FA Insights is a daily newsletter from Business Insider that delivers the top news and commentary for financial advisors.
Compliance officer receives $US1 million for whistleblowing (Think Advisor)
A whistleblower will receive between $US1.4 million and $US1.6 million for providing information that lead the Securities and Exchange Commission to enforcement action against their company. According to the SEC, the whistleblower “had a reasonable basis to believe that disclosure to the SEC was necessary to prevent imminent misconduct from causing substantial financial harm to the company or investors.” The SEC is not allowed to disclose the name of the whistleblower or provide any information that may reveal their identity.
The attitude of the American consumer has shifted (Charles Schwab)
Economists were expecting the drop in oil prices to provide a boost to consumer spending, but that hasn’t materialised. Retail sales finally saw an uptick of 0.5% in March, following three months of declines, but the savings rate was still at 5.8%, its highest since 2012. Schwab notes now is the time to be cautious on the consumer discretionary sector and that it’s “a bit late to be jumping on the train.”
What happens to clients when a team splits (Financial Planning)
While most advisory teams stick together, there is always the possibility that members choose to go their separate ways. What happens when someone leaves? Recruiter Howard Diamond says, “Firms sometimes do a little sweetener to keep the clients there,” including offering reduced fees. Ultimately, its up to the clients themselves. “Quite frankly, if you can’t bring over your clients within a month or two month period then you are not going to bring them over,” added Diamond.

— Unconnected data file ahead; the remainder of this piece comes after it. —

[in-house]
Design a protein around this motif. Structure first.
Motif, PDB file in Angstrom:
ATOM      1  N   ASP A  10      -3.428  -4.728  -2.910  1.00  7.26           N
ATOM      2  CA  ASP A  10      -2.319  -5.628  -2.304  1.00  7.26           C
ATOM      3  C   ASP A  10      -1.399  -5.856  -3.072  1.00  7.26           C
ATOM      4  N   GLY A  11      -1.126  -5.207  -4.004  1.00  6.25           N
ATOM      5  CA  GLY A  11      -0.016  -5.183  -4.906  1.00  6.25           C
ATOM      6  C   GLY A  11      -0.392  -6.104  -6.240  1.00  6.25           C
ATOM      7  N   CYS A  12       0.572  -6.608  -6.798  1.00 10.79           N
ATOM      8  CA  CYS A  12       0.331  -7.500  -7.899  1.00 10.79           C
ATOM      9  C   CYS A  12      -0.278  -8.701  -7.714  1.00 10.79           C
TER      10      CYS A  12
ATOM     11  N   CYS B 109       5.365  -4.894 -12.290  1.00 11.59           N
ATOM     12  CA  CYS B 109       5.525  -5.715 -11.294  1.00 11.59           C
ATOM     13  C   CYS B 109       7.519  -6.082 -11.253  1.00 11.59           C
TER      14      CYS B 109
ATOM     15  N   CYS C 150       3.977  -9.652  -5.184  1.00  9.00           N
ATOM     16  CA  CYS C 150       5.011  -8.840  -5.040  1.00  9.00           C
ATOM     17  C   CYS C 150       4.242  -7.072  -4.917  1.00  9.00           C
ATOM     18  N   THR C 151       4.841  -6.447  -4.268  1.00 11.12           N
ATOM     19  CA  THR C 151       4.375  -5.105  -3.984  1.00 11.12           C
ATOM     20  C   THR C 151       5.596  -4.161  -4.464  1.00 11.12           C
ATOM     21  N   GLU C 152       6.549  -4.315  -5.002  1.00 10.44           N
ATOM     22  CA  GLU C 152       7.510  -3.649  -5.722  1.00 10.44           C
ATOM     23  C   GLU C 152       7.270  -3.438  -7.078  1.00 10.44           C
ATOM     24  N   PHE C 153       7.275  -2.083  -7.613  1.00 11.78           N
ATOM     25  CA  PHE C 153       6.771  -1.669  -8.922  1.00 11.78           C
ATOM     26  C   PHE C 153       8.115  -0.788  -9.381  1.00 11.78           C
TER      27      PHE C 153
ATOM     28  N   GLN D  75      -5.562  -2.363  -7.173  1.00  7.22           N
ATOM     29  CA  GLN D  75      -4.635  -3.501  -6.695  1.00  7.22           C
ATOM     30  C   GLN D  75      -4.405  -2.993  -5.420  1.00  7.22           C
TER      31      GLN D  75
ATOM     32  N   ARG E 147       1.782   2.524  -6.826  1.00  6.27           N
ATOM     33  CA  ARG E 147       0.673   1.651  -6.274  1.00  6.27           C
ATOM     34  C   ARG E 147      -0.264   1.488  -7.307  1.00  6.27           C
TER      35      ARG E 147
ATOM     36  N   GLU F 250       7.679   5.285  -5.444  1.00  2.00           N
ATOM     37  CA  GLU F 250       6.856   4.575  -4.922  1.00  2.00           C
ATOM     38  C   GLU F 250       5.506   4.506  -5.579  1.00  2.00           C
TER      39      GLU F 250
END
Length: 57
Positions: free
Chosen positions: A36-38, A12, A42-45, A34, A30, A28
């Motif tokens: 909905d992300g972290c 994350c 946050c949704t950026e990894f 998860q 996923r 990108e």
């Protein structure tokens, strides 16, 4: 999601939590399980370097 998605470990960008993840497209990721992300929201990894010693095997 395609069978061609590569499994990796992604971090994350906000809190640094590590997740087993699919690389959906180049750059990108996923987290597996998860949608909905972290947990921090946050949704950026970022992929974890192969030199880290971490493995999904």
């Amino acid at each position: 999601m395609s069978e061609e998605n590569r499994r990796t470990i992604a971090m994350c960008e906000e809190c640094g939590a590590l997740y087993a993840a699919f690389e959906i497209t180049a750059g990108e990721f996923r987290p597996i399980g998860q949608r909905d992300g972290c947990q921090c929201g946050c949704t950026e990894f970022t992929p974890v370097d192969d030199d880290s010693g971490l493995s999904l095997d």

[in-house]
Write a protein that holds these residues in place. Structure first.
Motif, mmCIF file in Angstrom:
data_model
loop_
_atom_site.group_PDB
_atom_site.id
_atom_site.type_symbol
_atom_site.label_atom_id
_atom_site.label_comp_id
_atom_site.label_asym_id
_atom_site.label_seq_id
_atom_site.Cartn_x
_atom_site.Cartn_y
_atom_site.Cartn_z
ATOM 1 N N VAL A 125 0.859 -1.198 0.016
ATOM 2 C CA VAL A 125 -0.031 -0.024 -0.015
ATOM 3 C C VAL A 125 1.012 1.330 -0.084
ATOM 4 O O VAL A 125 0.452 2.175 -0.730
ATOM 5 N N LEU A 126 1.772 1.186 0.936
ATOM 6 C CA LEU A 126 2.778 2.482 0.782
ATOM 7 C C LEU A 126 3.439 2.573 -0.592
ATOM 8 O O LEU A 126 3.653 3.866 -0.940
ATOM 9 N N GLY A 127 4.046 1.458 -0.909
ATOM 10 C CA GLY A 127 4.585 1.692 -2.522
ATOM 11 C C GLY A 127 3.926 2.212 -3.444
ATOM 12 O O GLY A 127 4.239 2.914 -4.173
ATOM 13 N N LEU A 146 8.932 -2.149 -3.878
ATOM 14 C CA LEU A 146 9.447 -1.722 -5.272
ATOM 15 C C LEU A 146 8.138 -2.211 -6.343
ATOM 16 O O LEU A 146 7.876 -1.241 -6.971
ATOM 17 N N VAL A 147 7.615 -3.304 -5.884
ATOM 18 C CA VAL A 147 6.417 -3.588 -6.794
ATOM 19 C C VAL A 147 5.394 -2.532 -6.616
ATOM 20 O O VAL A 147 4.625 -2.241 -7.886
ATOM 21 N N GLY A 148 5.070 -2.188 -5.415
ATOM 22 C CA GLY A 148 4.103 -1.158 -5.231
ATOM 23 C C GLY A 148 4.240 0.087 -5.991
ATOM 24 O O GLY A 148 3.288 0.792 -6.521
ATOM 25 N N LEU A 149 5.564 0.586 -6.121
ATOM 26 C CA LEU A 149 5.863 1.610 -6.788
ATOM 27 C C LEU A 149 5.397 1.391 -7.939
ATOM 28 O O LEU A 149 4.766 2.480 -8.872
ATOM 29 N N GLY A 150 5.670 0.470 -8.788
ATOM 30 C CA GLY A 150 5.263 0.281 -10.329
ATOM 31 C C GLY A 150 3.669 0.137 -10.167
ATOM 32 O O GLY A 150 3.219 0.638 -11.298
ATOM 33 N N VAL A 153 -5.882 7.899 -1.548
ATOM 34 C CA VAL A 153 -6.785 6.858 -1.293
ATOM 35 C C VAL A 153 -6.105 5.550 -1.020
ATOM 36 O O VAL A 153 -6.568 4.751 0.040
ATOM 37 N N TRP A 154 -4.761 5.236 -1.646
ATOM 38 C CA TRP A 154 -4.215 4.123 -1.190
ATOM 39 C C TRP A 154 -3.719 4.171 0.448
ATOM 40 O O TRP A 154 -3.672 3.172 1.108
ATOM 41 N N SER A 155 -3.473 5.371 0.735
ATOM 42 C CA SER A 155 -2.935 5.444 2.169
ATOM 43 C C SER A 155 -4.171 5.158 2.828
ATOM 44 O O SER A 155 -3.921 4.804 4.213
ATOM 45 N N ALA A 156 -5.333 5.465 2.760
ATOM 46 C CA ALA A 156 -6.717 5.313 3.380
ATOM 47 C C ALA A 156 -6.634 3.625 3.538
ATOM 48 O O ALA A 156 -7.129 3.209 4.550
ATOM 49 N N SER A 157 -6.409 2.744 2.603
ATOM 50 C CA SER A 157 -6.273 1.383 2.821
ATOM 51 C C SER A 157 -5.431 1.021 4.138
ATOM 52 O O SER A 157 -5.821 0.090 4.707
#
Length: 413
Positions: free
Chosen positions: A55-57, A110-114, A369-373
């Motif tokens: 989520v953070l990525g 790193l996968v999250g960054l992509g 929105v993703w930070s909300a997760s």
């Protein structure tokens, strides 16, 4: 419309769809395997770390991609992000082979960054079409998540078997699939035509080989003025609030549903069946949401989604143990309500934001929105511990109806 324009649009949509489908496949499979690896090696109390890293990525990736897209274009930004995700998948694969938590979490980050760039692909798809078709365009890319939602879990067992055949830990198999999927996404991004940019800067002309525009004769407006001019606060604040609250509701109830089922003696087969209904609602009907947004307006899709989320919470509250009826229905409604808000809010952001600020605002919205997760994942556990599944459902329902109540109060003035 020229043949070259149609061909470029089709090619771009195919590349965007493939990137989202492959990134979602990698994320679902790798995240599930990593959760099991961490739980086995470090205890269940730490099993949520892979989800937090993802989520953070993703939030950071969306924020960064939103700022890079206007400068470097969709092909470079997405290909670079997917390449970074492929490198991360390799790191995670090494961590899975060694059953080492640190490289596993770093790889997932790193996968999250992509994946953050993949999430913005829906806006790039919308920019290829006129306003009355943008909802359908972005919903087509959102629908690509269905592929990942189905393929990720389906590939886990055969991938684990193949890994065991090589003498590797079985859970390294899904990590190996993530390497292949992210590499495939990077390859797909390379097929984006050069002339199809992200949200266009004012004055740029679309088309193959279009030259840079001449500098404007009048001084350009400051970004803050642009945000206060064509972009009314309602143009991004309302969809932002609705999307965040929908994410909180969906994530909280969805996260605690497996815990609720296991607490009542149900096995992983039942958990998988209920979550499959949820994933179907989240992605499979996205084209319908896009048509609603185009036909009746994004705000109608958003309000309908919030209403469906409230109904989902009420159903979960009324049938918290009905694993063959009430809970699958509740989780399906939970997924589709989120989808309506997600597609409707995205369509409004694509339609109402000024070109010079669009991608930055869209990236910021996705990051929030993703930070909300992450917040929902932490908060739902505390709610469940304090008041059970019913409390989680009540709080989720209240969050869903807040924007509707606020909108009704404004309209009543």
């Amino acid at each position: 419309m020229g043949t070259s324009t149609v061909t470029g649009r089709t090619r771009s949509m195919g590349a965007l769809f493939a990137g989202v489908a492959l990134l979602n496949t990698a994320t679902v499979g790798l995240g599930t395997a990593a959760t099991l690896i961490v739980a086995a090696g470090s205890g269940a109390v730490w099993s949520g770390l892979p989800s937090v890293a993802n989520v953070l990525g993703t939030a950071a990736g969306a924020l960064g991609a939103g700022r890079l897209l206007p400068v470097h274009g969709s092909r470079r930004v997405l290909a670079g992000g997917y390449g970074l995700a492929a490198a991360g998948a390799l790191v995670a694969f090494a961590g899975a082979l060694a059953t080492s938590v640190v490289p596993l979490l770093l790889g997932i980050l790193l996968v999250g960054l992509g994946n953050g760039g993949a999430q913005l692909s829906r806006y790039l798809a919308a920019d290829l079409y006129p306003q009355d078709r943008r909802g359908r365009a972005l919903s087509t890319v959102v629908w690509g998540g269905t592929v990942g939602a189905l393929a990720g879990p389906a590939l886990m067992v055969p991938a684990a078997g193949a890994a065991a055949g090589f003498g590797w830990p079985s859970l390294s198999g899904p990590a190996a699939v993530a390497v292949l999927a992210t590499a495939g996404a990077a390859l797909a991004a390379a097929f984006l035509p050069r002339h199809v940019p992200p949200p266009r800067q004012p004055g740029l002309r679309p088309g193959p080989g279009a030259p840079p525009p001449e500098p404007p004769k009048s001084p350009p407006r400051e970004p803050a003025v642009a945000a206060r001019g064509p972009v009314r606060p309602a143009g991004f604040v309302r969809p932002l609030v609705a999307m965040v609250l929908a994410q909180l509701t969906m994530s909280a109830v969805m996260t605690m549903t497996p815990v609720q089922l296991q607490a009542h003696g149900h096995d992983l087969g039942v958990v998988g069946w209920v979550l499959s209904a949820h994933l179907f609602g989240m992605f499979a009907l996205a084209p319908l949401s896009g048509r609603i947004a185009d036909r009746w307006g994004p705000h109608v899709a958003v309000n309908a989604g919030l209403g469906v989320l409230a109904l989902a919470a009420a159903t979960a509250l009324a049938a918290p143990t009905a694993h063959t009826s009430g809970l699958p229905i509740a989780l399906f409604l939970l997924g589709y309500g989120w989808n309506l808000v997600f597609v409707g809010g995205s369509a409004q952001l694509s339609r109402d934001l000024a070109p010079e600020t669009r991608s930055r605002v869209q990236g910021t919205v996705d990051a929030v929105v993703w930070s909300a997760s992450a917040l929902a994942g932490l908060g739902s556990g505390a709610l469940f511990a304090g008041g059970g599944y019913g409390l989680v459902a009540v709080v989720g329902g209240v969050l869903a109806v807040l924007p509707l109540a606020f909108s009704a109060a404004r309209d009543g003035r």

Doug Ramsey, chief investment officer of Leuthold Group LLC, describes the stock market’s recovery from the financial crisis as “abysmal.” Bloomberg reports Ramsey believes, “The Standard & Poor’s 500 Index should be 32 per cent higher based on growth rates since the Great Depression.” He continued, “Margins are spectacular, but the actual nominal rate of per-share growth is not that impressive.” Not everyone agrees with Ramsey’s logic. Wharton School finance professor Jeremy Siegel says, “In March 2009, we were at the worst bear market in 75 years — you can’t say that because the market has gone up from that low, it’s necessarily overvalued.”
More independent broker-dealers are staying at their firms (Investment News)
Increased competition from fee-only custodians, a strong stock market and better constructed succession plans are keeping independent broker-dealers from changing firms. According to Investment News, “Independent broker-dealers recruited only $US426 million from three teams in the first quarter this year,” down from $US1.23 billion and five teams from the year prior. Jodie Papike, executive vice president at Cross-Search, adds, “That can change very quickly if there continues to be any kind of consolidation or changes taking place at the big firms.”
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